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As the US prepares to withdraw from Afghanistan, does it have bigger problems with Pakistan? Is the US threatening military action that could have unintended consequences? Also, Israel announces new homes in the West Bank, and a reality check on women's right in Saudi Arabia.

Banner image: Pakistani protesters torch a US flag as they shout slogans during a protest in Multan on September 26, 2011. Photo credit should read S.S. Mirza/AFP/Getty Images

Making News Israel Announces More New Homes in the West Bank 7 MIN, 33 SEC

Israel today approved construction of 1100 new homes in East Jerusalem. One United Nations official called it "the wrong signal at [a] sensitive time." The United States called it counter-productive to efforts at negotiations. The UN said the decision should be reversed. Joel Greenberg reports from Jerusalem for the Washington Post.

Joel Greenberg, freelance reporter

Main Topic The Dangerous Puzzle of Pakistan 36 MIN, 3 SEC

On the verge of retirement, Admiral Mike Mullen, Chair of the Joint Chiefs of Staff, addressed a Senate Committee last week, with Defense Secretary and former CIA Chief Leon Panetta by his side. Mullen testified that "Haqqani operatives planned and conducted" a recent truck bomb attack as well as the assault on our Kabul embassy. Calling the network a "veritable arm of Pakistan's Internal Services Intelligence agency," his comments reflected the long-held belief of US military and intelligence agencies. Already, the US has used drones in northwestern Pakistan and killed Osama bin Laden without warning Pakistani officials. Is this the start of something more? Would stepped-up cross-border action help end the war in Afghanistan? Would it destabilize Pakistan, a country with nuclear arms? Could the US just withdraw from Afghanistan and forget about Pakistan?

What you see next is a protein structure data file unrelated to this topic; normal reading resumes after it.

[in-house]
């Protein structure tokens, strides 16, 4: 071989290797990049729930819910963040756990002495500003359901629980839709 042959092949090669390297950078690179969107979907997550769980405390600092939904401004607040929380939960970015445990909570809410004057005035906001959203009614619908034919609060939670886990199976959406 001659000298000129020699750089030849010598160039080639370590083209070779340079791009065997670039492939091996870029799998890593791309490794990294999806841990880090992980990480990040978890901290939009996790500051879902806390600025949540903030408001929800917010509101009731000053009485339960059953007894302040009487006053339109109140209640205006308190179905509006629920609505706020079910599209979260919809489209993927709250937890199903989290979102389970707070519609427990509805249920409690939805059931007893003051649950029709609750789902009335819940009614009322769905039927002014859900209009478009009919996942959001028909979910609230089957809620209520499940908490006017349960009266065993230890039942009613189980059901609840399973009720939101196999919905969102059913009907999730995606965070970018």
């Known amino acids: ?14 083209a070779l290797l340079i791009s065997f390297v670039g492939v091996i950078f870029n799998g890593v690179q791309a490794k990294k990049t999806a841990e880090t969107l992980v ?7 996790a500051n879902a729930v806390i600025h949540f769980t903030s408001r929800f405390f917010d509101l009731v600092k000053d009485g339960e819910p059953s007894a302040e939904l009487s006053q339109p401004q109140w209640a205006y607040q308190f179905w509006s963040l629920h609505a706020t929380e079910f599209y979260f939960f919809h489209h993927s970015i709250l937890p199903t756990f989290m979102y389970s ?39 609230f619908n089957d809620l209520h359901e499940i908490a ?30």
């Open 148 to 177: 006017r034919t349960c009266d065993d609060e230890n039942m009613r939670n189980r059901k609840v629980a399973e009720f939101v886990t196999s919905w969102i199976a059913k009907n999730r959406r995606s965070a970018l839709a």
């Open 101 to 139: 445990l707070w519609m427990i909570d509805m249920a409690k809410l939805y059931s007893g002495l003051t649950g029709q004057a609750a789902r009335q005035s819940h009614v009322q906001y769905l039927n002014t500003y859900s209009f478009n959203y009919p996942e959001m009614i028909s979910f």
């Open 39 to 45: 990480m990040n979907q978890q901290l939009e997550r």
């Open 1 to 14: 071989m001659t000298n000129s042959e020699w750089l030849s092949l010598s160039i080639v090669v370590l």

Scott Shane, New York Times (@ScottShaneNYT)
Robert Baer, former CIA field officer and author
Shuja Nawaz, Atlantic Council of the United States
George Perkovich, Carnegie Endowment for International Peace

Crossed Swords

Shuja Nawaz

Reporter's Notebook Voting, but Not Driving in Saudi Arabia 6 MIN, 46 SEC

Two days ago, King Abdulla said Saudi Arabian women have the right to vote and participate in local elections, which the BBC hailed as "potentially the most important advance for women's rights in decades," underscoring Abdulla's stature as a reformist. Today came news that a woman's been sentenced to 10 lashes for driving a car. It's not illegal for women to drive in Saudi Arabia, but conservative religious leaders have banned it. Caryle Murphy, who just completed three years of reporting in that country, is now a fellow at the Woodrow Wilson International Center for Scholars.

Caryle Murphy, freelance journalist and author (@CaryleM)

Passion for Islam

Caryle Murphy

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